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Elizabeth Boskey, Ph.D.

A Positive Use for Facebook

By October 19, 2012

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Let me get my biases out up front. I don't particularly like Facebook. I use it in limited circumstances, but it's far from my favorite place on the web. That's why I had to sigh when I saw an interesting article about a study that used the site to reduce STD risk. The paper, forthcoming in the November issue of the American Journal of Preventive Medicine actually made me appreciate the way that Facebook works!

The study used Facebook to engage young people in a sexual behavior intervention. After first recruiting youth off the site, those who "liked" the page were encouraged to recruit their friends to do the same. Then those friends were asked to recruit more friends. All young people who agreed to "like" the study page were then asked for informed consent, surveyed about their risk behavior, and either given access to a sexual health information page called Just/Us or a general news page with no sexual health information. The topics on Just/Us began to recycle after 8 weeks, but participants could keep it on their timeline for as long as they wanted.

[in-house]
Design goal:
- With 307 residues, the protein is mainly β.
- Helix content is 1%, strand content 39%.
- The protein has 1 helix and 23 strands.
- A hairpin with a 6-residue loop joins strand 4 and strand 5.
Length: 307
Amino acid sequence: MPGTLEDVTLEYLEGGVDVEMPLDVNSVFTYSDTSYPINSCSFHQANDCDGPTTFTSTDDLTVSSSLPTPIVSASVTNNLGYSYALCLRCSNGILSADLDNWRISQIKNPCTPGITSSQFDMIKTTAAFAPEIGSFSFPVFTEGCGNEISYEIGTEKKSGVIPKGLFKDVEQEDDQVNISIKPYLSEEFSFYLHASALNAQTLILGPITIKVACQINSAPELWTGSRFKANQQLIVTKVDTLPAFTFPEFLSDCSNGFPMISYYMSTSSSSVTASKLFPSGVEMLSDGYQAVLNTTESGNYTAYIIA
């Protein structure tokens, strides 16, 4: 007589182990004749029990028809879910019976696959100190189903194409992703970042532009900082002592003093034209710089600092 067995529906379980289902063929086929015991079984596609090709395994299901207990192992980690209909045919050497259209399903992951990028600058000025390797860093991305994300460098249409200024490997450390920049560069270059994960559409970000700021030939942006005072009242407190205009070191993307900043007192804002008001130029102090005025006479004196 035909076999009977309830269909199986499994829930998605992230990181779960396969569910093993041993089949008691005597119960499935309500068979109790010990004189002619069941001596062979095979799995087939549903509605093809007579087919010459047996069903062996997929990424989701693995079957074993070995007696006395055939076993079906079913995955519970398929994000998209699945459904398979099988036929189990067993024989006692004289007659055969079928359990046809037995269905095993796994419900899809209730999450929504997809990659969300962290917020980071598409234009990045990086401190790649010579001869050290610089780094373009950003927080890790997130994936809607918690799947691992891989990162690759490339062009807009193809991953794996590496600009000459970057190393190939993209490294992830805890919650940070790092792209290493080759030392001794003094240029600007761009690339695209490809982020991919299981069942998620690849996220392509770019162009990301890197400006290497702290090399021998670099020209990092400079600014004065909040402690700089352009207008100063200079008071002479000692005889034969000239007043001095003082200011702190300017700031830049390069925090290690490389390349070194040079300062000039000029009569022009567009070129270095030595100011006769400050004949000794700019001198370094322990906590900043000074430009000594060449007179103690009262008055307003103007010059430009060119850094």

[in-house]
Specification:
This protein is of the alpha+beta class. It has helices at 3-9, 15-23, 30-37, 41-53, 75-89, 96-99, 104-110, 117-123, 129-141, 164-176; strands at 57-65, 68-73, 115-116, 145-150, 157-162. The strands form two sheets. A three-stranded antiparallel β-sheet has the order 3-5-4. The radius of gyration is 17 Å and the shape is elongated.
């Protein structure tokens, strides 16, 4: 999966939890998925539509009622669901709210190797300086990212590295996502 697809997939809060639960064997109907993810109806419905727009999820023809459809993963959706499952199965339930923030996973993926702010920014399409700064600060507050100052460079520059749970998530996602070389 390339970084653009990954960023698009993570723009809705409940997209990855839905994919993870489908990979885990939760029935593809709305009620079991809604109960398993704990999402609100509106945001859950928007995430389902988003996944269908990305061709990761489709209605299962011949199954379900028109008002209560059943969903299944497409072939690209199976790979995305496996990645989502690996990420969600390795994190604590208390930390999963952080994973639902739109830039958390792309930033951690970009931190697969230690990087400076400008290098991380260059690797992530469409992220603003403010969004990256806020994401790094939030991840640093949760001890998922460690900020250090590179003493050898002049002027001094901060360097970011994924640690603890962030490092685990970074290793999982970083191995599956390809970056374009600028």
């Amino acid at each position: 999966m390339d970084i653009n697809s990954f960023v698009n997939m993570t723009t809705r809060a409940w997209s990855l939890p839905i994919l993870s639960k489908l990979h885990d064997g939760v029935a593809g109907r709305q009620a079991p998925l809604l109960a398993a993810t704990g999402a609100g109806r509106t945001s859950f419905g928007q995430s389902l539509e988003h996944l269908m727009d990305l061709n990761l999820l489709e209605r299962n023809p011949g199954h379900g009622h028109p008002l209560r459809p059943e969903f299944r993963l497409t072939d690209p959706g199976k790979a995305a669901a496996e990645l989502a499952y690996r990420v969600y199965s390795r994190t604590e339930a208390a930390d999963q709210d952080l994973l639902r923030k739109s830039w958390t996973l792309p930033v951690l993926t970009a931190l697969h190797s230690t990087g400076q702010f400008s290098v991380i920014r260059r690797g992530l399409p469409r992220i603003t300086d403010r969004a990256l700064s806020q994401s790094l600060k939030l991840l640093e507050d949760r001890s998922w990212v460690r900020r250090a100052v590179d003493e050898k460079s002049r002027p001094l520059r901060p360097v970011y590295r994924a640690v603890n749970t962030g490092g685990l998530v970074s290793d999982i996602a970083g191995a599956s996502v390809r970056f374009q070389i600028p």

What the researchers found was that those young people who were sent to the intervention page were more likely to use condoms and that they also had a higher percentage of acts of protected intercourse. However, this effect was only seen at the 8 week survey time point, not at the final survey that was performed at 6 months. This suggested that the effects of this intervention were limited to the short term, although I wonder what would have happened if they'd continued to create new material for the study webpage instead of running reruns. It's also worth noting that the intervention seemed to primarily encourage young people to keep using condoms if they were already doing so at the beginning of the study, not to encourage new users to start.

However, perhaps the most important take home message of the study was the importance of pushing information to individuals' timelines, instead of hoping that they'd come visit the study page. Researchers found that most of the interaction with the intervention was through posts on personal pages. Very few of the young people in the study actively went to the Just/Us page to read new material. This suggests that young people may be interested enough to read sexual health if it's put right in front of them, even if they're not enthusiastic enough to keep seeking it out on their own.

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